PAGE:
SAH: Baseball (and softball) is not an Olympic sport (they are coming back in Tokyo in 2020). Yet, MLB, and baseball in general, has been trying to expand globally over the past few decades. How does the WBC fit into that strategy? How successful do you think it has been?
It appears the WBC has been a central part of that strategy, and by some accounts, they have done quite well at getting their products and merchandise into new markets. But, it really depends on how “expanding globally” is framed, whether we are talking about baseball as a game growing across the globe, or an increase in MLB’s profits and control of organized baseball worldwide. Several argue that MLB would be better off by supporting competing professional leagues in Asia and Latin America rather than trying to stake a claim as the one and only professional league that fans should care about. Decimating the once-strong professional leagues and winter circuits in Central America and Latin America isn’t helping to maintain interest in baseball. Siphoning players from Japan and South Korea to MLB also may not help Nippon Professional Baseball and the Korean Baseball Organization thrive.
In the 2017 WBC, ticket sales are up 34% over 2013, and TV viewership for the USA-DR elimination game on March 18th was up 11% over MLB Network’s previous record for a WBC game. One of Japan’s earlier games set a TV viewership record as well. I’d be interested in research that shows how the WBC is doing from a social media perspective as well. But as a long-term strategy, I don’t see how the WBC helps baseball or MLB truly grow as a one-off tournament every four years. Baseball and MLB will grow if baseball does well independently in those other nations.
SAH: The WBC exposes narratives of transnationalism, colonialism, and internationalism in baseball. For readers, which books/articles would you recommend on these topics?
Despite the lack of fan engagement, the WBC presents a great opportunity for scholars to study and learn more about how the WBC reflects anxieties, tensions, and contradictions around the themes you mention in this question. When the economy collapsed in 2008-2009, a lot of negativity surrounded the WBC for its globalization and cosmopolitanism, similar to the “America First” type rhetoric we hear nowadays.
While I haven’t been researching the WBC lately, I recommend a lot of the work by Alan Klein on the subject, such as Growing the Game, Dominican Baseball, and an article based on his research of Major League Baseball International’s efforts to globalize MLB through the WBC. Robert Elias and George Gmelch also have some spot-on analysis of the WBC. For considerations of transnationalism, colonialism, and internationalism in baseball, works by Adrian Burgos, Jr., Yu-Kuei Sun, Andrew Morris, Jeremy W. Howell, and Jerry W. Lee proved very useful for me as well.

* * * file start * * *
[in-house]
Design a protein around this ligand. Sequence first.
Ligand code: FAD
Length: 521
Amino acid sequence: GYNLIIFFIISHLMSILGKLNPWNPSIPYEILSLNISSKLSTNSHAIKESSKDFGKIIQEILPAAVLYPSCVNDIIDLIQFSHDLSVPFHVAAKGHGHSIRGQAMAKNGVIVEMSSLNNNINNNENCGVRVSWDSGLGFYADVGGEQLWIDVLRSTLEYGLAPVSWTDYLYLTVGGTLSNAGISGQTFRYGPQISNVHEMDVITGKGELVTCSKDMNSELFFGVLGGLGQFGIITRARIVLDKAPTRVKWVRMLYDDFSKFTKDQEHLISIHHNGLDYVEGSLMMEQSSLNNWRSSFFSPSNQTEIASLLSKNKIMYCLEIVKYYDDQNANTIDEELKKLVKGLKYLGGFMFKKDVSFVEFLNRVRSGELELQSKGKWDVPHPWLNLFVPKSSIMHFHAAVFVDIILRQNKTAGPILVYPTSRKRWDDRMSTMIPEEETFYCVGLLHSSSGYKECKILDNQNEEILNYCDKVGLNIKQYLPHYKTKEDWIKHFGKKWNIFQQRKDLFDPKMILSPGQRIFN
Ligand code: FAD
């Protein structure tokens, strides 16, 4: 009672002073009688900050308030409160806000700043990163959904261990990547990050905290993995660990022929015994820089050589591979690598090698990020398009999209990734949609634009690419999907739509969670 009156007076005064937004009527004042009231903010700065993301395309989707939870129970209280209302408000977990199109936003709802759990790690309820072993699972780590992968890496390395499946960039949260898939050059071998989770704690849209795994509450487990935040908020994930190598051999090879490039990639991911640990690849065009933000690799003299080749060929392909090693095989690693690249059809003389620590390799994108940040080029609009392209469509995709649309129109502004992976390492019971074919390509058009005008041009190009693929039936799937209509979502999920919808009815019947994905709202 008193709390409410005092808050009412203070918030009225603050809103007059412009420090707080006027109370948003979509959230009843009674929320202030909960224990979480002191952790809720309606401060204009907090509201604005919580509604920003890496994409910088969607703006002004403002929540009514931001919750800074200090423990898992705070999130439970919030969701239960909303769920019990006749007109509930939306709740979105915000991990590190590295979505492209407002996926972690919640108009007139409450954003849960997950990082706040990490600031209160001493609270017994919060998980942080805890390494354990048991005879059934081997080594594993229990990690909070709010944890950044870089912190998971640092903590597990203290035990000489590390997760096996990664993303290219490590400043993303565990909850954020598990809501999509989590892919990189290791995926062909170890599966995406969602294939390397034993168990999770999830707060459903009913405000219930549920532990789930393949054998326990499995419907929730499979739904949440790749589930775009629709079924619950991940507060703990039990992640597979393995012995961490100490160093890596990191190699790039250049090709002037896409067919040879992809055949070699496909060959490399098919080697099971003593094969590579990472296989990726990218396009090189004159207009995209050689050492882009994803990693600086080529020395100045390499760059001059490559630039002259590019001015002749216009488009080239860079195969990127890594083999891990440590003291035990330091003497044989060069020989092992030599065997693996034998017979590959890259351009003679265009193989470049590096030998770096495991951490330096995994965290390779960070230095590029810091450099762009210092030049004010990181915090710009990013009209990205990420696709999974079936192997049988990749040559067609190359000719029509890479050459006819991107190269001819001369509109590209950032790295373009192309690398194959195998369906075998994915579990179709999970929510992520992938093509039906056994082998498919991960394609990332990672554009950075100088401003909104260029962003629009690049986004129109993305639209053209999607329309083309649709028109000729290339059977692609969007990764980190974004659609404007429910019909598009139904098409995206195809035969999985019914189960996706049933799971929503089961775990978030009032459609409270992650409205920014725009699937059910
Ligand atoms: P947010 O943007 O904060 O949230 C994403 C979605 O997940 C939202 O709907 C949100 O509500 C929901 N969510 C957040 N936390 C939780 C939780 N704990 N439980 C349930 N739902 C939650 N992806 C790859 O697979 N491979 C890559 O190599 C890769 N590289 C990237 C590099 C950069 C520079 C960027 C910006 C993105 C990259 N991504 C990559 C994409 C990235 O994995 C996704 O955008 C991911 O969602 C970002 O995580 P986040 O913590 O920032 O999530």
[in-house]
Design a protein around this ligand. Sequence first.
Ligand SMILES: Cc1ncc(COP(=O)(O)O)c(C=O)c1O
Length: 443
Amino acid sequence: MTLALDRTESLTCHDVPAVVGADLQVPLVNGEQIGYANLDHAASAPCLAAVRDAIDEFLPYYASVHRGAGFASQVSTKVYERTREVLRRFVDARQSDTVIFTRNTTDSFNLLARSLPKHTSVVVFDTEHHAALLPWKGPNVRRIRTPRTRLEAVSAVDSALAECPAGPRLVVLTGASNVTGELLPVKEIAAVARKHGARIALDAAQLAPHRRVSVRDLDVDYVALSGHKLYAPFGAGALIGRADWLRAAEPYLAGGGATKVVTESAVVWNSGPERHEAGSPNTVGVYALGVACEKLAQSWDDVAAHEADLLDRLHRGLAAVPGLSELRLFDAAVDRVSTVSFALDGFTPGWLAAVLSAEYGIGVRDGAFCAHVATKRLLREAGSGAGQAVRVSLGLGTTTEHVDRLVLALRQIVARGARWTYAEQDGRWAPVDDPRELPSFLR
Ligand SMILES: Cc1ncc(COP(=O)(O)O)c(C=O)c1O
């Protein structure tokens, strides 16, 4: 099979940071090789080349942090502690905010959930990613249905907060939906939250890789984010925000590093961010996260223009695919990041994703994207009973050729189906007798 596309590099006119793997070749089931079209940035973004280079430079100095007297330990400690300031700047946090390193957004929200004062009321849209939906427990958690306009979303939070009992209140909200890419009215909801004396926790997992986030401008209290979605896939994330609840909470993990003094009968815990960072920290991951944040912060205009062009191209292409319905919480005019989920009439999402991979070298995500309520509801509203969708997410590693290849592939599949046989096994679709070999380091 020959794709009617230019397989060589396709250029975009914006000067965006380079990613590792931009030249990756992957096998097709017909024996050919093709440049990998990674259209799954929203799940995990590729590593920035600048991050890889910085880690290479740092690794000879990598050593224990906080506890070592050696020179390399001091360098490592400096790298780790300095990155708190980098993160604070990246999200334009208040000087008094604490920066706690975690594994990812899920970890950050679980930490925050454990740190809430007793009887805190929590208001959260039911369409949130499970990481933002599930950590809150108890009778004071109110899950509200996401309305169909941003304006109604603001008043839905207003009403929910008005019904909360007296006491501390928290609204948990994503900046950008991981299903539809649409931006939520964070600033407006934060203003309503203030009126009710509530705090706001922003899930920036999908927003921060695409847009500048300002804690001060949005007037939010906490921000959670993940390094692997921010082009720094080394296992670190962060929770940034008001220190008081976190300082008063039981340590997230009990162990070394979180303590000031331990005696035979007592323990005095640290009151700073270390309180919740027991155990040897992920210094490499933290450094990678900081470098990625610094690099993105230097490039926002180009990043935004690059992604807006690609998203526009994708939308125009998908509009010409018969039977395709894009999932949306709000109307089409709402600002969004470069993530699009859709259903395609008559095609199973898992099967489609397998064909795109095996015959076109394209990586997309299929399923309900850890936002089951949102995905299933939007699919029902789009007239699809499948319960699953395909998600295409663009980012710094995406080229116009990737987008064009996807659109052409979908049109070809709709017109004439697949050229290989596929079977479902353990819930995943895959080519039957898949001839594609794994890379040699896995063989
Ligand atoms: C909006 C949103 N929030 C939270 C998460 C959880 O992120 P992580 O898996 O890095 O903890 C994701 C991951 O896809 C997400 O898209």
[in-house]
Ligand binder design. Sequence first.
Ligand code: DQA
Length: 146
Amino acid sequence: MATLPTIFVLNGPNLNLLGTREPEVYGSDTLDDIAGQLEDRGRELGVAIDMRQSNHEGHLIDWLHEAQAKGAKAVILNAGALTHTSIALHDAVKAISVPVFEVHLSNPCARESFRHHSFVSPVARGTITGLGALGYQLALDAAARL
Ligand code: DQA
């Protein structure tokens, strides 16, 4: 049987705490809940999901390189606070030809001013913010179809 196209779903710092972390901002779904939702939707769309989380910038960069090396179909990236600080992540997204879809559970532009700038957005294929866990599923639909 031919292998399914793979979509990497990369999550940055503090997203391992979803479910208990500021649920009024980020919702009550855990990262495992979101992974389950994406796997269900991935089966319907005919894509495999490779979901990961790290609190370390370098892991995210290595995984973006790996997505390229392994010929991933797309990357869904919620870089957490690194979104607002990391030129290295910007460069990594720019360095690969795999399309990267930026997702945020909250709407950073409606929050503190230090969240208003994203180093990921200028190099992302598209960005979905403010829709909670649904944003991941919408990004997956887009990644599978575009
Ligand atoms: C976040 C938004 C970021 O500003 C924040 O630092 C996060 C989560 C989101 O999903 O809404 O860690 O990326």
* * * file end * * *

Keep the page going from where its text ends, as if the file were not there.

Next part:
SAH: If you could, what changes would you make to the WBC?
It really should be moved to the summer. Interrupt the MLB season for a few weeks once every four years and let the players have at it at full-strength. Do away with the pitch counts and other odd in-game rules. Make the tiebreakers more applicable. Shine a spotlight on this thing during a less hectic time on the sports calendar in those dog days of summer. And perhaps most importantly, get more input and collaboration on the organization and structure of the tournament with Japan, South Korea, the Dominican Republic, etc. It has always been MLB’s creation, but for the WBC to continue to develop I think power needs to be shared multi-laterally. It will be interesting to see what happens with the re-inclusion of baseball and softball in the Olympics.
Dain TePoel is a doctoral candidate specializing in Sport Studies in the Department of American Studies at the University of Iowa. He received an M.A. in Sport Humanities from Ohio State University. His research interests include intersections between sport, the body, and environmental justice, as well as feminist and anti-racist critiques of inequality and discrimination in the production/consumption of sport media. His dissertation project situates transcontinental walks as a form of physical endurance and examines their relationship to activism and social movements. You can reach him at firstname.lastname@example.org or on Twitter @DainTePoel